Probe is in a super-sonic jet flying low over the treetops of ‘Dog Forest’, which may or may not be a real place, looking for a secret agent with classified documents about a radar camera! His orders are to extract the agent if possible, or kill him and take the documents if not.

Before he can find the agent he’s spotted by a commie tank which damages his ride, a futuristic hover-jet. Using his hyperpower Probe is able to escape the commies and reach the secret agent. After quickly dispatching the wolves that were about to feast on his target, Probe is disturbed to discover that agent Peel has gone mad with pain, and is convinced that Probe is there to kill him. Which, come to think of it, was not that unreasonable thing to suspect.

Probe backs away and turns his energy towards killing the rest of the approaching commies. First with an avalanche, and then by dropping a tree on the few remaining soldiers, who helpfully form a line no more than five feet wide to assist Probe in their murder.

Now that’s a considerate group of guys.

Having just risked life and limb to save the pain-addled agent, Peel finally agrees to be rescued, and the two G-Men escape in Probe’s plane, which was apparently not as badly damaged as previous stories suggested.

Thrill 6 – Judge Dredd

It’s time for a little social commentary in the pages of Judge Dredd – this week’s story opens with an announcement that in the future, smoking in public is completely illegal. Which is the first future prediction that 2000AD had gotten dead on. I’d say it was a little late – the comic is set nearly a hundred years in the future, and my own town is basically a hair’s breadth away from outlawing public smoking altogether – but the story doesn’t make it clear how old this particular law is.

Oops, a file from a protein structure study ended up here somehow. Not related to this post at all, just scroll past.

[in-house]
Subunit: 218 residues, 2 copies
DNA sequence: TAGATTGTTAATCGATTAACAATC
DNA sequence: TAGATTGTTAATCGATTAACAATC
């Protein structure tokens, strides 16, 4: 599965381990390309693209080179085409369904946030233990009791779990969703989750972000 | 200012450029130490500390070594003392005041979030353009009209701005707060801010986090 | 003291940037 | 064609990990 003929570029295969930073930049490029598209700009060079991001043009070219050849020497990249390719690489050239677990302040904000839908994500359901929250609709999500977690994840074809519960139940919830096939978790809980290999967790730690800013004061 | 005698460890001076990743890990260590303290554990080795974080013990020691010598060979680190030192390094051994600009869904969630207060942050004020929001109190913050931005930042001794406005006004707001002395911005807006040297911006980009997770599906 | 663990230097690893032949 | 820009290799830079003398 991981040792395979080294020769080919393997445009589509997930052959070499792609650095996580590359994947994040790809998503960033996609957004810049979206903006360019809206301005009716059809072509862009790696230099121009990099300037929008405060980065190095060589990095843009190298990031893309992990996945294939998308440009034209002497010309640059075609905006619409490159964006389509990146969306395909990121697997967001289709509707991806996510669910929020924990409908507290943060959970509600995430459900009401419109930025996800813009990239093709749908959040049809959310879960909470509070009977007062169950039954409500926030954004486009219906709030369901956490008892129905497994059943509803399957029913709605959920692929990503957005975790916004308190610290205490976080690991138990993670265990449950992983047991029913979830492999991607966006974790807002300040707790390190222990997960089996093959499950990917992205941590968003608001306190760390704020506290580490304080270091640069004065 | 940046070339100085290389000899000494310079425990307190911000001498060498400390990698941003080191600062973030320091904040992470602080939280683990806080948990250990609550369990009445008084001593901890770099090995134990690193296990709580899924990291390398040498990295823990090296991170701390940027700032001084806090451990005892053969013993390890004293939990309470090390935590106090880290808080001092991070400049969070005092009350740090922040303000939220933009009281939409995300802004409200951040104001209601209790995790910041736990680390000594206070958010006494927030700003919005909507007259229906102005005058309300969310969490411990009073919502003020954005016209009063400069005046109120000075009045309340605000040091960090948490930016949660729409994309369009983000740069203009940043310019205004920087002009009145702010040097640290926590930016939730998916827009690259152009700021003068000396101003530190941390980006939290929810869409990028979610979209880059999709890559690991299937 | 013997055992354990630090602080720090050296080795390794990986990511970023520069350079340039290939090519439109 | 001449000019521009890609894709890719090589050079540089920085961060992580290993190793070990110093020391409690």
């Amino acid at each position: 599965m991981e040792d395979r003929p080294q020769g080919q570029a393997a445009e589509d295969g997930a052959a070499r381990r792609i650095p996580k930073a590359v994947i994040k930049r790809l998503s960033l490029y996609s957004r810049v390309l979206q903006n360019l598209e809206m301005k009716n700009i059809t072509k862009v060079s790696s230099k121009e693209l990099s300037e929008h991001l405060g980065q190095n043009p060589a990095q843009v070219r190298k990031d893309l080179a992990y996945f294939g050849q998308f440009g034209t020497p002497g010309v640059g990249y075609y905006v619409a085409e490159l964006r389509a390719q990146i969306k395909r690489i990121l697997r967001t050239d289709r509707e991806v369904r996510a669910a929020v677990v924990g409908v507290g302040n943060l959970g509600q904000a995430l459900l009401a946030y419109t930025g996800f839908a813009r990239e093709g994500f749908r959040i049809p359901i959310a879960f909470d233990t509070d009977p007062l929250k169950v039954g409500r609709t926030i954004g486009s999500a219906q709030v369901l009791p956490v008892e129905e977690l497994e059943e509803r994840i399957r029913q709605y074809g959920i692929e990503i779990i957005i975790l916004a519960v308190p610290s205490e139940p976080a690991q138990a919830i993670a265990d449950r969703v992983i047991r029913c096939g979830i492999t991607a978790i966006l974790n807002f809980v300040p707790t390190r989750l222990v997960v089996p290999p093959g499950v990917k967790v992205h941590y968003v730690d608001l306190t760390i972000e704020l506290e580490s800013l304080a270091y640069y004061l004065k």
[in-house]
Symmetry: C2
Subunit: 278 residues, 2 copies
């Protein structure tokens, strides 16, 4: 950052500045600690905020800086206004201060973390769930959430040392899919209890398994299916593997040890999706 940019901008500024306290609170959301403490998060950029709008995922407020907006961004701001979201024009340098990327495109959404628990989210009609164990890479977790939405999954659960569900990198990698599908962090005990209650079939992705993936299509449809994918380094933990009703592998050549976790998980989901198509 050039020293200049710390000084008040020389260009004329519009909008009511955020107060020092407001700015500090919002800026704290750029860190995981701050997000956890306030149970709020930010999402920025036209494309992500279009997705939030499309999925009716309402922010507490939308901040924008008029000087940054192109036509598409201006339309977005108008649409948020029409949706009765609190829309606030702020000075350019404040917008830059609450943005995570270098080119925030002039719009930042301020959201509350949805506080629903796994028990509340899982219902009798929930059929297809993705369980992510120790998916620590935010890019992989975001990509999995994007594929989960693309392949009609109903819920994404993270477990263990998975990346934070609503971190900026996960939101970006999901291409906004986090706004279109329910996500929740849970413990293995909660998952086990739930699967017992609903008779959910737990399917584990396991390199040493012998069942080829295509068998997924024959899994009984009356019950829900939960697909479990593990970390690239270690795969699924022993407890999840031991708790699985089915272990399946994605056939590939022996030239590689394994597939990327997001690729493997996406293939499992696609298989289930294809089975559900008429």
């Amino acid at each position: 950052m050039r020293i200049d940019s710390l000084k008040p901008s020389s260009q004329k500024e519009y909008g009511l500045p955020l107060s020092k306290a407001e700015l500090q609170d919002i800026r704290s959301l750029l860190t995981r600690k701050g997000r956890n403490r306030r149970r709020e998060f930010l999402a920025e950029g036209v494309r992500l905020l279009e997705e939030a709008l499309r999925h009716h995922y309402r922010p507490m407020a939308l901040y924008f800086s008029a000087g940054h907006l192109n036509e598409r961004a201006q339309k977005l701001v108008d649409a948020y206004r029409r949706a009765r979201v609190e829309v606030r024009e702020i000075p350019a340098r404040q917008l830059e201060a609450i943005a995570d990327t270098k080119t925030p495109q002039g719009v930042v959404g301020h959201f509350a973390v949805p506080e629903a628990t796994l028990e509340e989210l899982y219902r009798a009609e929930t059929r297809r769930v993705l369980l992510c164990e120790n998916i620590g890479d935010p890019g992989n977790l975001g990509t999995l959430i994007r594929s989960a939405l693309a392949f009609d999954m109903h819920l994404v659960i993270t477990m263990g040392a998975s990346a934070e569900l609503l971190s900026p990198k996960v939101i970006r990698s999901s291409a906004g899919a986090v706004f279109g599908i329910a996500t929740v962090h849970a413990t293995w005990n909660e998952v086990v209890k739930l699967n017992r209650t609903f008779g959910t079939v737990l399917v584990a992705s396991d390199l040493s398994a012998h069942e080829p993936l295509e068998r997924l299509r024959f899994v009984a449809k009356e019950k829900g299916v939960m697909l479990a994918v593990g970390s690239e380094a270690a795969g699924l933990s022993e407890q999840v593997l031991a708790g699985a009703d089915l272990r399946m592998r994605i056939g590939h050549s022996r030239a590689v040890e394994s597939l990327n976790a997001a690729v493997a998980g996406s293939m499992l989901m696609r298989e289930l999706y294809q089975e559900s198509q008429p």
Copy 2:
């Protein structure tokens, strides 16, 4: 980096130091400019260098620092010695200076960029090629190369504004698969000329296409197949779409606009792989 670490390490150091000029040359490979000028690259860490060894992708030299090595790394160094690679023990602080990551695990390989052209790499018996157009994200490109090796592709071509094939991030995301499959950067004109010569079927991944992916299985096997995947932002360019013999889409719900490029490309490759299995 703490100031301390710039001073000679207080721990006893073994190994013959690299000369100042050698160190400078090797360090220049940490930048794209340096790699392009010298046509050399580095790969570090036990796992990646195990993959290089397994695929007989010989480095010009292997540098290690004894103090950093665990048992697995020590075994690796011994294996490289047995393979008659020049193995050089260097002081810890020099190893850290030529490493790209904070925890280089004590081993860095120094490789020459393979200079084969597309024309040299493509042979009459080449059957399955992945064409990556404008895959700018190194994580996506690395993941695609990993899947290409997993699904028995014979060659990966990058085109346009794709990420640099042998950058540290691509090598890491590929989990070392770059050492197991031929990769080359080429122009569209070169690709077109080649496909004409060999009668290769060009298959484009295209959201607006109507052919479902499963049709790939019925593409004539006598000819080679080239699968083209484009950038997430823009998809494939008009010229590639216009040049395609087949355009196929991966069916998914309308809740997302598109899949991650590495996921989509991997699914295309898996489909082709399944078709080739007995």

Proving what a softie he is Dredd lets a couple of teens off with a warning because he’s able to stop them before they actually light their cigarettes. Then he rushes across town after a report comes in about a vicious bank robber!

That’s right – he’s so evil that he actually uses his smoking as a weapon. The bastard! That cigar stub proves to be a valuable clue, though, as it leads Dredd to the man’s Tabacconist, a store so old-fashioned it even has a wooden indian! The robbers show up just a few minutes later, given Dredd a chance to punch one out and blow another away. The leader of the gang flees, and Dredd rides in hot pursuit.

The robber speeds down an alley, ditches his car, and runs into the first building he sees. In an amazingly unlucky coincidence, this turns out to be the city smokatorium! The one place in the Big Meg where it’s legal to light up. Unforunately the place is so full of smoke that it’s customers have to wear oxygen helmets to keep from choking to death. Of course, the robber does have one, so just seconds after heading in he comes stumbling out, eyes stinging, breath ragged, only to find Dredd waiting, rifle in hand. The robber doesn’t surrender, so Dredd blows him away, and follows it up with another classic, if entirely predictable, quip.

Oh, Dredd, you card, you.

Judge Dredd Kill Count (27) + 2 = 29

Final Thoughts

Best Story: Shako - I know it’s getting tiresome, but man, am I loving that yogi. Is it just because I love Jaws so much? Probably.

Worst Story: Harlem Heroes – I might have given it to Dan Dare, but at least that’s over. Harlem Heroes can’t wind up soon enough at this point. Not that I’m complaining about Dave Gibbons’ art – but if I want to look at that I can always go read Watchmen again. Ah, who am I kidding, that’s how I was going to spend the night in any event.